• Hmmm, no way to edit. The error is in the original 2011 ISMP position paper. Since ISMP hasn’t noticed in 3 years and JAMA hasn’t noticed in quoting, are they really ready for metrication? I sent them a note.

        MM: “Unusual units” are things like drams, whatever they are. There are subdivisions of both the fluid and av. ounce, but I’d have to look up the subdivisions. They are basically obsolete.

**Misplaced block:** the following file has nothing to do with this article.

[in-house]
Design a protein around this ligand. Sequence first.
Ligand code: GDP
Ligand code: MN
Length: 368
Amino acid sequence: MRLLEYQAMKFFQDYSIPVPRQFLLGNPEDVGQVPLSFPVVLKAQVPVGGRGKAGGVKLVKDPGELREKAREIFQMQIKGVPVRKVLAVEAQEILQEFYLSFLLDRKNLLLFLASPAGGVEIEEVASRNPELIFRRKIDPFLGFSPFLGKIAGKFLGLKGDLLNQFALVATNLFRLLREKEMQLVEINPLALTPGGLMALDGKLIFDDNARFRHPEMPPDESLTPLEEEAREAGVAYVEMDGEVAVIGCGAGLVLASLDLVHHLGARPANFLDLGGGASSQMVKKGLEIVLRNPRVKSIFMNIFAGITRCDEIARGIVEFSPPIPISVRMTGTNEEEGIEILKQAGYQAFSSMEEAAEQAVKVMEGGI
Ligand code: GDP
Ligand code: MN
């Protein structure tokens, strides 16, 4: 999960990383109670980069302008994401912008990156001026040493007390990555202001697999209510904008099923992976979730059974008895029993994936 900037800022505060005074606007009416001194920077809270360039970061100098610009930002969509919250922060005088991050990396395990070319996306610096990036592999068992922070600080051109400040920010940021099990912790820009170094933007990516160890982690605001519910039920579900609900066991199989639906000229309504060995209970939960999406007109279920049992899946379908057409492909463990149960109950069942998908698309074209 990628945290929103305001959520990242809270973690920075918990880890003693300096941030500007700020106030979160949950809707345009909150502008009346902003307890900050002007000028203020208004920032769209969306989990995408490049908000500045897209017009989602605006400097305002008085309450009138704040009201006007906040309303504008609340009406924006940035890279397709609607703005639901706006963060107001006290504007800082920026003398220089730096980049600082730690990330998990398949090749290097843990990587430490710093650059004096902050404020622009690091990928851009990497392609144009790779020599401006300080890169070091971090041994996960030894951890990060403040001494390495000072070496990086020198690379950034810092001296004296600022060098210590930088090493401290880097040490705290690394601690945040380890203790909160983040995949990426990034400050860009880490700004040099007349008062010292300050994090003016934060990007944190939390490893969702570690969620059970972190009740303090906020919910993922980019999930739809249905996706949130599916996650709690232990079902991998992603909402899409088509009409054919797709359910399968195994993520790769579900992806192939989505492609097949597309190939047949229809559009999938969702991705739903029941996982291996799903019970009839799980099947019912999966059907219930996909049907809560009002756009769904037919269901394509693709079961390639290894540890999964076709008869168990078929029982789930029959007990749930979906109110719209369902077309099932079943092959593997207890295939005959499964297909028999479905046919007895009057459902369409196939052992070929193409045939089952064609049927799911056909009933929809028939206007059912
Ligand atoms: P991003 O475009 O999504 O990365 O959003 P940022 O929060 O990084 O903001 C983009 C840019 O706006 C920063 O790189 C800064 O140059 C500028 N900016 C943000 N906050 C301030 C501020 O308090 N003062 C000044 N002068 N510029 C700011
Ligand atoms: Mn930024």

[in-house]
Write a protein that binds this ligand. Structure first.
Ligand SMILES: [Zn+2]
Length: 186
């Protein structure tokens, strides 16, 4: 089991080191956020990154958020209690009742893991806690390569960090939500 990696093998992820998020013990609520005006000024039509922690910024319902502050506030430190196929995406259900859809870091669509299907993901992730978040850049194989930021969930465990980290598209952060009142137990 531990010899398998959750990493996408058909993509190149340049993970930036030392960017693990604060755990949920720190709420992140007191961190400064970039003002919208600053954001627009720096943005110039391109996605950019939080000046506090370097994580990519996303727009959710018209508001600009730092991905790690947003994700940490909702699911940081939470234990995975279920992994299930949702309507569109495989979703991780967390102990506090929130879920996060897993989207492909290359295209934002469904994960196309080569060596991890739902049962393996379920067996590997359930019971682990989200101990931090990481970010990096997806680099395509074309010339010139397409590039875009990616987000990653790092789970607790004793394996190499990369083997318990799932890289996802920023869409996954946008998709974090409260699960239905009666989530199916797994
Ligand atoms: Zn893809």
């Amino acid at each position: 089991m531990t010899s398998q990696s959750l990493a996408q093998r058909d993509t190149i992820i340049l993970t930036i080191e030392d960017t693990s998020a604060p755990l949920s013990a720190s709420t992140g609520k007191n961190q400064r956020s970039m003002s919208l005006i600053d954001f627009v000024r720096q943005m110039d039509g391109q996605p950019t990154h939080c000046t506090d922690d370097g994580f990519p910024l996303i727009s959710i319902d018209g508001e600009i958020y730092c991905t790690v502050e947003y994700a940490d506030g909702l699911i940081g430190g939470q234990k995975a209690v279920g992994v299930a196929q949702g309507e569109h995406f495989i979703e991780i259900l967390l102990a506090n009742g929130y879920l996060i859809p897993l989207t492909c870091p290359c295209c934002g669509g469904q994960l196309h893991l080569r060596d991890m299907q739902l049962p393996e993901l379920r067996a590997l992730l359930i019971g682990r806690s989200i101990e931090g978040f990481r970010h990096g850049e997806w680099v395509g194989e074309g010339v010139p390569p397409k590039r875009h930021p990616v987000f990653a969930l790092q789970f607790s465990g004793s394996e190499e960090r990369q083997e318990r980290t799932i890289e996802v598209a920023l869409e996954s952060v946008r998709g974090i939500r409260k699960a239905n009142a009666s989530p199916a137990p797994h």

• To RalphYou raise a number of ieusss but I will deal with just one of them as my response to it is a bit lengthy.If the UK goverment had handled the changeover to metric, announced in 1965, properly and completed the project within 10 years according to their stated intention, then the people now in your care, who would have been younger and more adaptable at the time, would have understood the advantages of us using the metric system and the reasons for the change. By now they would have been happy to be weighed in kilograms just as they count their money in (new) pence instead of shillings and old pence.Alas it didn’t happen that way. The government never bothered to promote the change or educate people accordingly. Worse still they betrayed the whole process and sent out the wrong message by not changing road signs, a major element directly under their control. They did instigate changes in health, education and other public service practices but only because there was no short term impact on the chancellor’s budget.However, it is not too late to put this right. It is not realistic to expect the people in your care to change belatedly true enough and we can sympathise with the situation you now face, but at the same time we shouldn’t condemn future generations to the same fate.As it is, being stuck half-way through the change, we all have to cope with both imperial and metric which, as you have experienced directly, is not easy or convenient and certainly not necessary.The only realistic way out of this enpasse is to complete the changeover and phase out imperial measures decisively.